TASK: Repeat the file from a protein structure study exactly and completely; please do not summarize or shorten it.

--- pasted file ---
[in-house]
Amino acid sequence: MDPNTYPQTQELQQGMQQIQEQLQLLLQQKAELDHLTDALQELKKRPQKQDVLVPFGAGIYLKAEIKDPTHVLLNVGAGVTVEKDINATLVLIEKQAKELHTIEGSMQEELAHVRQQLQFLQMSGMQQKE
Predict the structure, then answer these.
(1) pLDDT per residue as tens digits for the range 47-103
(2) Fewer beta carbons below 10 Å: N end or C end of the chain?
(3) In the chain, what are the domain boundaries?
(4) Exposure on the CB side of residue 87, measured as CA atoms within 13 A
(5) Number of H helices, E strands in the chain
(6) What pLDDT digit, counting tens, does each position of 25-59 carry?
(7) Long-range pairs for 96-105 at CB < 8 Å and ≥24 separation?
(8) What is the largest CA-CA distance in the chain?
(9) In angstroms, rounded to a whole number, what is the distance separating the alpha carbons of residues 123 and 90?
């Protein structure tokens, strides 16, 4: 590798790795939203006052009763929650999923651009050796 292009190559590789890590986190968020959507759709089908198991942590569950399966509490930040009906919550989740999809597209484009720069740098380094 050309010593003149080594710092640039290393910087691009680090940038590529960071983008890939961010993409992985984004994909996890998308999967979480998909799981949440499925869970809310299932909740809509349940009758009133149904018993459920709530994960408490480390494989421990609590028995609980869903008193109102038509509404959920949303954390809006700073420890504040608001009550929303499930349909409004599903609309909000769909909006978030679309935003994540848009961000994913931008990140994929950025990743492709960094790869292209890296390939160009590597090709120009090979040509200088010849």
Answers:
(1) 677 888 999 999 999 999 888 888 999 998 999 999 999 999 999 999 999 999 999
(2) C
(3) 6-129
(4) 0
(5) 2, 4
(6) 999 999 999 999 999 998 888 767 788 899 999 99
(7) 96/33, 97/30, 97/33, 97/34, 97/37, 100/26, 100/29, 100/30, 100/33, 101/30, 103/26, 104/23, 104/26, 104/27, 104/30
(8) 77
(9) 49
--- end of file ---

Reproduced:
[in-house]
Amino acid sequence: MDPNTYPQTQELQQGMQQIQEQLQLLLQQKAELDHLTDALQELKKRPQKQDVLVPFGAGIYLKAEIKDPTHVLLNVGAGVTVEKDINATLVLIEKQAKELHTIEGSMQEELAHVRQQLQFLQMSGMQQKE
Predict the structure, then answer these.
(1) pLDDT per residue as tens digits for the range 47-103
(2) Fewer beta carbons below 10 Å: N end or C end of the chain?
(3) In the chain, what are the domain boundaries?
(4) Exposure on the CB side of residue 87, measured as CA atoms within 13 A
(5) Number of H helices, E strands in the chain
(6) What pLDDT digit, counting tens, does each position of 25-59 carry?
(7) Long-range pairs for 96-105 at CB < 8 Å and ≥24 separation?
(8) What is the largest CA-CA distance in the chain?
(9) In angstroms, rounded to a whole number, what is the distance separating the alpha carbons of residues 123 and 90?
């Protein structure tokens, strides 16, 4: 590798790795939203006052009763929650999923651009050796 292009190559590789890590986190968020959507759709089908198991942590569950399966509490930040009906919550989740999809597209484009720069740098380094 050309010593003149080594710092640039290393910087691009680090940038590529960071983008890939961010993409992985984004994909996890998308999967979480998909799981949440499925869970809310299932909740809509349940009758009133149904018993459920709530994960408490480390494989421990609590028995609980869903008193109102038509509404959920949303954390809006700073420890504040608001009550929303499930349909409004599903609309909000769909909006978030679309935003994540848009961000994913931008990140994929950025990743492709960094790869292209890296390939160009590597090709120009090979040509200088010849």
Answers:
(1) 677 888 999 999 999 999 888 888 999 998 999 999 999 999 999 999 999 999 999
(2) C
(3) 6-129
(4) 0
(5) 2, 4
(6) 999 999 999 999 999 998 888 767 788 899 999 99
(7) 96/33, 97/30, 97/33, 97/34, 97/37, 100/26, 100/29, 100/30, 100/33, 101/30, 103/26, 104/23, 104/26, 104/27, 104/30
(8) 77
(9) 49